A lot has changed with the past generation when it comes to the sleep environment for babies. The once-standard drop-side crib is now banned. The idea of what should -- or should not -- be in a crib is still in flux. Follow this guide to safe sleep for babies to make sure you create the safest possible environment.
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The rules and perceptions about crib safety have shifted in the past few years, and with that shift have come new requirements for how cribs must be made. Millions of older cribs remain in people's homes -- cribs that are no longer considered safe. Drop-side cribs, particularly those that are more than a couple of years old, are particularly worrisome because the hardware has a tendency to fail and create gaps that can trap or suffocate a baby.
Avoid using hand-me-down cribs that have not be subject to the latest safety standards, which are intended to give some assurance the crib will remain sturdy for years. And resist the temptation to give away an older crib to a friend or relative.
"There is a real risk of entrapment from drop-side cribs that have been recalled and from those that haven't," says Nancy Cowles, executive director of the safety group Kids in Danger.
When it comes to where babies sleep, less is better. Use a tight-fighting sheet to cover the mattress. And that's about it.
Avoid crib bumpers. Avoid sleep positioners. And quilts too.
"The safest place for a baby to sleep is on his back in a safe, bare crib," Cowles said. "Although crib bumpers and quilts may look cute, they pose a real suffocation risk to your baby."
The U.S. Consumer Product Safety Commission (CPSC ) is reviewing its position on crib bumpers. Currently, the agency advises against using billowy bumpers, but not bumpers in general. Recently, though, some cases have been reviewed and have put crib bumpers in the spotlight, prompting some advocates to call for their ban.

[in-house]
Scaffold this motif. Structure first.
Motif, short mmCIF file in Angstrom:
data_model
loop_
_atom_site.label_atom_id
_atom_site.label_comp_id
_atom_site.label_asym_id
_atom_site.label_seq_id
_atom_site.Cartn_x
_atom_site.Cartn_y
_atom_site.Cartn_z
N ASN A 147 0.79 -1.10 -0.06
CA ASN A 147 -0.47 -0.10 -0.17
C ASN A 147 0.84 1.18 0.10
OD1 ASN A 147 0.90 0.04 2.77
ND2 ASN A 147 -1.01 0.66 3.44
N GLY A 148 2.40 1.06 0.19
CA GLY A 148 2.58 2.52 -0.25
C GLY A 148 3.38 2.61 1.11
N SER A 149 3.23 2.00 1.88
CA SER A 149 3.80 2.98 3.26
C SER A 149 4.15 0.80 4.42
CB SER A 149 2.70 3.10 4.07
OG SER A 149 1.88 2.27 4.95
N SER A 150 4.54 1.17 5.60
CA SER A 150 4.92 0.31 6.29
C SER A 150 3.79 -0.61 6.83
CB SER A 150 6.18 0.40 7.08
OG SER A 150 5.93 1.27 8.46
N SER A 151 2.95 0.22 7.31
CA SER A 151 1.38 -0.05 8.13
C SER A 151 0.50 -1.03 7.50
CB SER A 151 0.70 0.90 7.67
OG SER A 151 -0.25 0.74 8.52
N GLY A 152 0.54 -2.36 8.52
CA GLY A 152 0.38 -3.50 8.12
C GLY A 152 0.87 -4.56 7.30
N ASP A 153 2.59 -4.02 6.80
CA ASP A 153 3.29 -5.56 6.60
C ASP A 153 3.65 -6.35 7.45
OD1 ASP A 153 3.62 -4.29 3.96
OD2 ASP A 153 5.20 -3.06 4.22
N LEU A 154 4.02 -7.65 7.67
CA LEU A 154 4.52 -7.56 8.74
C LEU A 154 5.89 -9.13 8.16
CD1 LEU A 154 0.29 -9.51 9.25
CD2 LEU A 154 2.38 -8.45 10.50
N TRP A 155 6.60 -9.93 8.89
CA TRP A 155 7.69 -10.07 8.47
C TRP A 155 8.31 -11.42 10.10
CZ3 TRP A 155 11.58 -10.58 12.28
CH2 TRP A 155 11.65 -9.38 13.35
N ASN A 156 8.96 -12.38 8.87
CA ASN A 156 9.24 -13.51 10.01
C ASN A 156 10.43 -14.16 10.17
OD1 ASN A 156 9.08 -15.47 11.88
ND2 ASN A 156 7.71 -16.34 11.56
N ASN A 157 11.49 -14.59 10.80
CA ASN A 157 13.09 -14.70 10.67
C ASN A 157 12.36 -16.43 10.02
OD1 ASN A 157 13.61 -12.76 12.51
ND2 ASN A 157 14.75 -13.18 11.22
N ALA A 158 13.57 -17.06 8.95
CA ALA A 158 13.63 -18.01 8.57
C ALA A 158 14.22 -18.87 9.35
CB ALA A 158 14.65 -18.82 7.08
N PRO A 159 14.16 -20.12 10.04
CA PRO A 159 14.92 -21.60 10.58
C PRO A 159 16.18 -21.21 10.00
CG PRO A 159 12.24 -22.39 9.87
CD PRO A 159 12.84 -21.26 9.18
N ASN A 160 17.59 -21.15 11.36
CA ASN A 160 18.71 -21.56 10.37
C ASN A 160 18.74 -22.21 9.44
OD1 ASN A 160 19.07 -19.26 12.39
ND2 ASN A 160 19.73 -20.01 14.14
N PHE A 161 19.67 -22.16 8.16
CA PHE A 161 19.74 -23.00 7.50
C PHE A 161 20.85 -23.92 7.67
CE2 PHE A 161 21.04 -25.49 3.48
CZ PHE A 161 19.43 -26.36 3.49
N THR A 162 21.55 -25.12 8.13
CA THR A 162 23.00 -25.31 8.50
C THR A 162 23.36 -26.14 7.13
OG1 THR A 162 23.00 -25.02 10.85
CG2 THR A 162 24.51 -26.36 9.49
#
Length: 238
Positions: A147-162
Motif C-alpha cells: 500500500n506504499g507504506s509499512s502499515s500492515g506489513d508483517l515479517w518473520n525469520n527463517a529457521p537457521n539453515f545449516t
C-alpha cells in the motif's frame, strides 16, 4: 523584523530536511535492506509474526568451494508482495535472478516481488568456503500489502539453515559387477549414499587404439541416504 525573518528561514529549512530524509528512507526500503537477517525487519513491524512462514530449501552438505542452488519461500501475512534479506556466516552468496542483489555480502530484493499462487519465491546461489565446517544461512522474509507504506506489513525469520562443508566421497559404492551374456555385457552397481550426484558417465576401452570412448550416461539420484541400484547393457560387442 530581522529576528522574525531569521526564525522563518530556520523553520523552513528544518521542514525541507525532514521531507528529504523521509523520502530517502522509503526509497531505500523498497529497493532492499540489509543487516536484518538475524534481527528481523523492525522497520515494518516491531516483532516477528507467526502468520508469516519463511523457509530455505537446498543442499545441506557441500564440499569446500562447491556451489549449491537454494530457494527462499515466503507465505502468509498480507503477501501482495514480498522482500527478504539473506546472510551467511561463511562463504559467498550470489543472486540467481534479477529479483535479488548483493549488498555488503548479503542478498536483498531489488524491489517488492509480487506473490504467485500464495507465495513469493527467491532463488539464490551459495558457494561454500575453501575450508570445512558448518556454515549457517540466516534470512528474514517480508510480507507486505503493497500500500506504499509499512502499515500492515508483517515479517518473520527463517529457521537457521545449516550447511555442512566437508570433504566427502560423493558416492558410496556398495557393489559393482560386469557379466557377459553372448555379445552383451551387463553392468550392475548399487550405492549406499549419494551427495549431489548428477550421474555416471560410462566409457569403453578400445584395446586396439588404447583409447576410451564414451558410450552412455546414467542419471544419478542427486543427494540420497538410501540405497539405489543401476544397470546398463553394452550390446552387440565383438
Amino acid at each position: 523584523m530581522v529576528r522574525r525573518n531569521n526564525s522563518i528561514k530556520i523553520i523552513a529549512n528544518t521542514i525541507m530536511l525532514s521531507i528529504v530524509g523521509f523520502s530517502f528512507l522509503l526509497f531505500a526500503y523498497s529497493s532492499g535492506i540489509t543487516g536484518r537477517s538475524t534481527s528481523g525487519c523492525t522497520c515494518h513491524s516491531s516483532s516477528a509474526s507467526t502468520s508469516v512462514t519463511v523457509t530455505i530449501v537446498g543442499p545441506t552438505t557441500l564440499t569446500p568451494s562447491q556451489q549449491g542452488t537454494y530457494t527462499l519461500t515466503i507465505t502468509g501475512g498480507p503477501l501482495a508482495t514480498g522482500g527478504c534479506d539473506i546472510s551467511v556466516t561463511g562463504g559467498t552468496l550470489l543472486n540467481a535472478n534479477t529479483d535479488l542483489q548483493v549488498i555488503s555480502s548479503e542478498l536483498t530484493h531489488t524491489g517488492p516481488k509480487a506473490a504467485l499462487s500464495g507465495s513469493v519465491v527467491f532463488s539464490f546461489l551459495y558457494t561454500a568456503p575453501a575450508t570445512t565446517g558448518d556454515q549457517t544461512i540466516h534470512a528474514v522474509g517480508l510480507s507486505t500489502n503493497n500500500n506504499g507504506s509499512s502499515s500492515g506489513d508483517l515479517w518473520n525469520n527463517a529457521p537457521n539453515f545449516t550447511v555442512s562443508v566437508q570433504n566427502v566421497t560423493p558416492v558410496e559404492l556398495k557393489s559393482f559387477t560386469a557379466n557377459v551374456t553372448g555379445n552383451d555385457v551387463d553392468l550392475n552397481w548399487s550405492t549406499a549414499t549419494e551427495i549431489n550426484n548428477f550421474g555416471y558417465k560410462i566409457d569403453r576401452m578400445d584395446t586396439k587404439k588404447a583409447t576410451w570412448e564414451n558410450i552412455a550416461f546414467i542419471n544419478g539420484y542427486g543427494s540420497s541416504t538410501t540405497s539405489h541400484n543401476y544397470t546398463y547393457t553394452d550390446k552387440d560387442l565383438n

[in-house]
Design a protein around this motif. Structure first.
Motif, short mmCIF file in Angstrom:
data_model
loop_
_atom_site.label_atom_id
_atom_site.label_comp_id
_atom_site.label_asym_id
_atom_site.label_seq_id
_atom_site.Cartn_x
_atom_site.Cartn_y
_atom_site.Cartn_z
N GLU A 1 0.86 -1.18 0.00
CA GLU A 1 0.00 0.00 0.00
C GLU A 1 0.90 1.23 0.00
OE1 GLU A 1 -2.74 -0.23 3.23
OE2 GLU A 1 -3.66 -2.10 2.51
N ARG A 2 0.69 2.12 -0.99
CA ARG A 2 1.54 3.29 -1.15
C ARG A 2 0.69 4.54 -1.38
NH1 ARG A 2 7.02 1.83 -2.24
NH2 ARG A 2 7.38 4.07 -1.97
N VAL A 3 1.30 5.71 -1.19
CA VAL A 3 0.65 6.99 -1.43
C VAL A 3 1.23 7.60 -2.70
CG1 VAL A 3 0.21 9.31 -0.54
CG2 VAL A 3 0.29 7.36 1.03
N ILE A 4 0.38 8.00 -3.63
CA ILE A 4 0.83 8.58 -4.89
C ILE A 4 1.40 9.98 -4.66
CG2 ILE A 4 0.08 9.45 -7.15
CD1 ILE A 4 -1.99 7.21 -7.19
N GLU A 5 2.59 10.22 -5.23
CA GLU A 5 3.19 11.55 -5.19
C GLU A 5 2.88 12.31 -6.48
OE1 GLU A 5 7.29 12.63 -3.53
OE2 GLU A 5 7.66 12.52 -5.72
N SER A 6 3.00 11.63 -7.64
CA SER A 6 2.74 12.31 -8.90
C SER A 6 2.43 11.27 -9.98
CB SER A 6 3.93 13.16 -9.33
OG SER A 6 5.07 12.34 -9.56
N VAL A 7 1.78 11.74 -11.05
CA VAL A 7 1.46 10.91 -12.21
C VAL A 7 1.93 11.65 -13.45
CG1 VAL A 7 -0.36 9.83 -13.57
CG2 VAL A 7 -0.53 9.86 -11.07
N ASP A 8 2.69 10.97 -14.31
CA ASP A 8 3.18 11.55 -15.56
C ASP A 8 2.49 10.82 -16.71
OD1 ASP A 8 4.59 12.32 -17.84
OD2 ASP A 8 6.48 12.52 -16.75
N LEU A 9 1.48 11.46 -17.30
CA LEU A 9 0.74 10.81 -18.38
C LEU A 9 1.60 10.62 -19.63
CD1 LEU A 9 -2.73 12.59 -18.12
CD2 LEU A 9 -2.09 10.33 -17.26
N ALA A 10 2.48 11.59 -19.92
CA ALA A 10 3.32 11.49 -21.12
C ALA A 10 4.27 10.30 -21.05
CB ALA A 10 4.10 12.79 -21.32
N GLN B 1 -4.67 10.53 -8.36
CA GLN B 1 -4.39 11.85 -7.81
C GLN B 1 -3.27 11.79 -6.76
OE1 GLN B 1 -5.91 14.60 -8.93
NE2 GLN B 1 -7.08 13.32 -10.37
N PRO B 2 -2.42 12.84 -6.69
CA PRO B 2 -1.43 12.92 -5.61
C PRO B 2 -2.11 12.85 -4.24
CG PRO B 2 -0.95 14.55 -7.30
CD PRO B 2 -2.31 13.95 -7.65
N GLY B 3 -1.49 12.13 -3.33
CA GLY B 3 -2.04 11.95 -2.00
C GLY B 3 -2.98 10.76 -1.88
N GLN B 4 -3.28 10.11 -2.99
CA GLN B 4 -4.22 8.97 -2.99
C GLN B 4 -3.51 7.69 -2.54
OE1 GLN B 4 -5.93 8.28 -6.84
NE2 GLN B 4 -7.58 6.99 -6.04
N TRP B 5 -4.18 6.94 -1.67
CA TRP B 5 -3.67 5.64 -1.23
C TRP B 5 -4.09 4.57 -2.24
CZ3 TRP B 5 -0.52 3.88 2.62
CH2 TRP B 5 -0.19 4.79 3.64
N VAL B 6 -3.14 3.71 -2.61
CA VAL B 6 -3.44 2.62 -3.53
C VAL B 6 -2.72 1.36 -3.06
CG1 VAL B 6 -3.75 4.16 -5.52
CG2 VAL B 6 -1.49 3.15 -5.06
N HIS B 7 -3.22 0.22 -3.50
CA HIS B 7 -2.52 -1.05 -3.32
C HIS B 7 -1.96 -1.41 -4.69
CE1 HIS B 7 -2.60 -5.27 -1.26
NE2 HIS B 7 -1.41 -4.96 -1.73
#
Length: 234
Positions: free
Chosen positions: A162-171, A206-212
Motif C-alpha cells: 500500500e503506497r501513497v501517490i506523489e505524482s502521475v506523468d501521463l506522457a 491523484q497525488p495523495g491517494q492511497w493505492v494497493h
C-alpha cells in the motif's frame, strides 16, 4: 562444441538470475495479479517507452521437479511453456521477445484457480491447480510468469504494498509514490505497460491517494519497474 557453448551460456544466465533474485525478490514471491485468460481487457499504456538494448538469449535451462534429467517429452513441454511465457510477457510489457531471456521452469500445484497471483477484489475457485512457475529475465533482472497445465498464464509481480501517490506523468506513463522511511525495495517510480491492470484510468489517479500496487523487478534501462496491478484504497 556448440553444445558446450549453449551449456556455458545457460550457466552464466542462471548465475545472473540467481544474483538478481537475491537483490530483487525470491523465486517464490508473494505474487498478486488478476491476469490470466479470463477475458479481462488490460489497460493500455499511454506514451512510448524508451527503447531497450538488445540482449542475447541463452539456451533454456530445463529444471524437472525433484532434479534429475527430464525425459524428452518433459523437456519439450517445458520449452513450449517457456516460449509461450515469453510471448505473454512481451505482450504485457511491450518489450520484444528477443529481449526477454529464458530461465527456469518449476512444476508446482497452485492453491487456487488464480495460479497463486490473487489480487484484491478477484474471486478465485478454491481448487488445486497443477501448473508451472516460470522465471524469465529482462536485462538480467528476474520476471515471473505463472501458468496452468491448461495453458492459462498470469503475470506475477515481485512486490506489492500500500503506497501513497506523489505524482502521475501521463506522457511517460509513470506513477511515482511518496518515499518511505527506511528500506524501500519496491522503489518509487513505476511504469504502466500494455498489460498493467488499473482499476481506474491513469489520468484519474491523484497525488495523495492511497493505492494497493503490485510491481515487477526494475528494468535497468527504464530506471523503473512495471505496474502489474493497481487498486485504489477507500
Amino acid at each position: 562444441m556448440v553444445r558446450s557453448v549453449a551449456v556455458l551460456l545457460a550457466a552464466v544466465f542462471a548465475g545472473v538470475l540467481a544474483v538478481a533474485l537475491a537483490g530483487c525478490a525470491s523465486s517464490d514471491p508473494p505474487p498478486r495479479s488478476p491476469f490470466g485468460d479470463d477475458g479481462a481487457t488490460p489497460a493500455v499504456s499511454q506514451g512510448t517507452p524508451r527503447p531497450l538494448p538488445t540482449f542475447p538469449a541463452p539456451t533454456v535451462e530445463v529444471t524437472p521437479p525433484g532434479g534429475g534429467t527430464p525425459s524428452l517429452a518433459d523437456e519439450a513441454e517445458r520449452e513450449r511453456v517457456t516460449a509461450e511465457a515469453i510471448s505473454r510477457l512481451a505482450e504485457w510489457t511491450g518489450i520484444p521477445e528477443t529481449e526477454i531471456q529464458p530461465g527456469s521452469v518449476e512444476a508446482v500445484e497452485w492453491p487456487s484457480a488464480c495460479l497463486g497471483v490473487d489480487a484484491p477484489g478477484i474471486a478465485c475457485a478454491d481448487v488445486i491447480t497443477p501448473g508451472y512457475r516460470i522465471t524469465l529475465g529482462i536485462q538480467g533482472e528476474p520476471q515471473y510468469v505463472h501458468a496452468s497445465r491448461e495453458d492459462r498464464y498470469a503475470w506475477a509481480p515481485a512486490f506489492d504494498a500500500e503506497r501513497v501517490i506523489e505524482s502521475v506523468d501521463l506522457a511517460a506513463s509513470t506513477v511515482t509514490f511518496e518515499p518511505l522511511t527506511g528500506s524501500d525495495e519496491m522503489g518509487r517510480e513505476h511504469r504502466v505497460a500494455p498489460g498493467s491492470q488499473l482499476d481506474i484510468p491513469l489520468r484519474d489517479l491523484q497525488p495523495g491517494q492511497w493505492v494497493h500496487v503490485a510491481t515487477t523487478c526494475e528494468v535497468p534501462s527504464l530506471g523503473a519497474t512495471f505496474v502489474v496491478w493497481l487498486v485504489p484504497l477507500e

Juvenile-product manufacturers have lobbied against that, asserting that no deaths have been tied to bumpers. Preston Maxwell, a 2-month-old, died last year after rolling off his sleep positioner and suffocating in the crib bumpers.
The idea of the baby monitor is a good, but the sense of false security it gives isn't. If you use a monitor, remember that it is not a substitute for being there or periodically checking on a baby.
The parents of Preston, the baby who died in his crib bumpers, had a monitor on. No matter how loud a monitor is turned up, the type of silent death suffered by Preston would not be heard.
"Parents think they will hear their baby in distress, but suffocation is silent," Cowles said. "Monitors and other devices aren't a substitute for a safe crib, free of any soft bedding."
Just as the rules have changed for cribs, they are not different for toddler beds. Toddler beds should be the next step when a toddler begins to climb out of the crib, to avoid the tumbles that can be caused by the desire to explore.
The new rules adopted in April by the CPSC change the location of a bed's guardrail, which must be at least 5 inches above the mattress, and establishes a strength test of the spindles and slats.
In addition, warning labels about entrapment and strangulation risks must be affixed to the beds. The new rules won't likely take effect until 2012.
The CPSC said that since January 1995, at least four toddlers have died and another 43 have been hurt due to issues with toddler beds.
Copyright © 2010 Meredith Corporation.